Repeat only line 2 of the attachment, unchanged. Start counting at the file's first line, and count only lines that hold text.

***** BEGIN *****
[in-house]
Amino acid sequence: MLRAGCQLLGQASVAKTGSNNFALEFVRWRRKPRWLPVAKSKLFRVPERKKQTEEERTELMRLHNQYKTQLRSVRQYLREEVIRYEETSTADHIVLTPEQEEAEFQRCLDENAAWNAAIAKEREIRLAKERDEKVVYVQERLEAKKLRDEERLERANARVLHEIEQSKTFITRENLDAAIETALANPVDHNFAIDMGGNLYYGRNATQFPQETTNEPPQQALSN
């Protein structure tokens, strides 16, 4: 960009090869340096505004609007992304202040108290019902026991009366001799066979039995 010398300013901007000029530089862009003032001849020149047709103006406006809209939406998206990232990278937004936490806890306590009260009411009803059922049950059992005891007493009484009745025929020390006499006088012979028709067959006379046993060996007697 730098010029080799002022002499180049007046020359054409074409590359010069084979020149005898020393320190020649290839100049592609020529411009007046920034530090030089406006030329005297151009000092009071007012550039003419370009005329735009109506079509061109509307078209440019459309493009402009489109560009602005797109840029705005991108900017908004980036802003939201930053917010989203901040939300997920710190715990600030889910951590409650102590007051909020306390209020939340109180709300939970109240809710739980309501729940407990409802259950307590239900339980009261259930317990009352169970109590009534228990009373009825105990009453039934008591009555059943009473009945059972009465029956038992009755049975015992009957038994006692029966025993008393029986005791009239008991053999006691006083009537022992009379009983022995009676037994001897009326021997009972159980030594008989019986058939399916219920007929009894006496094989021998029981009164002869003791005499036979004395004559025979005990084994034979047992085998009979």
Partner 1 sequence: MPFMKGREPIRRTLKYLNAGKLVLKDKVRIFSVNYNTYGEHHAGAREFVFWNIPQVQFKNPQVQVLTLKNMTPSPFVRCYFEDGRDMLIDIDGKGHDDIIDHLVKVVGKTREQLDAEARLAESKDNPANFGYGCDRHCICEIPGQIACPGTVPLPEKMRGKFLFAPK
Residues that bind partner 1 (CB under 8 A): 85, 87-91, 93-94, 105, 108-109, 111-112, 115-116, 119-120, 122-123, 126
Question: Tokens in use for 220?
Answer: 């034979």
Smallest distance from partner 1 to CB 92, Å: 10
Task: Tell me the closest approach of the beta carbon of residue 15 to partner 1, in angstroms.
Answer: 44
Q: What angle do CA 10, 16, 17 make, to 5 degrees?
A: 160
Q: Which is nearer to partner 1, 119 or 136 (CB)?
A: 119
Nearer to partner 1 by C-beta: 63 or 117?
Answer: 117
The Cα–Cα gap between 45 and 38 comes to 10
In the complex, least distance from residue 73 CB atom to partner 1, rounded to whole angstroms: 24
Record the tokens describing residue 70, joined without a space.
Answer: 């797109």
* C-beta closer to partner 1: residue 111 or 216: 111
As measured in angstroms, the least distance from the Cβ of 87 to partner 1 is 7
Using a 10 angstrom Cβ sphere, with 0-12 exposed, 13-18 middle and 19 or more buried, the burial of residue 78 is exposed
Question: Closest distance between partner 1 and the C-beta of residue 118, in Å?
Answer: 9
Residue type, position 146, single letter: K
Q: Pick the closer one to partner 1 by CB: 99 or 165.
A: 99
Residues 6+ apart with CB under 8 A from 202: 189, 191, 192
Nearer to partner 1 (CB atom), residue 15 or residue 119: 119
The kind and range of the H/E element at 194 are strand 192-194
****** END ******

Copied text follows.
Amino acid sequence: MLRAGCQLLGQASVAKTGSNNFALEFVRWRRKPRWLPVAKSKLFRVPERKKQTEEERTELMRLHNQYKTQLRSVRQYLREEVIRYEETSTADHIVLTPEQEEAEFQRCLDENAAWNAAIAKEREIRLAKERDEKVVYVQERLEAKKLRDEERLERANARVLHEIEQSKTFITRENLDAAIETALANPVDHNFAIDMGGNLYYGRNATQFPQETTNEPPQQALSN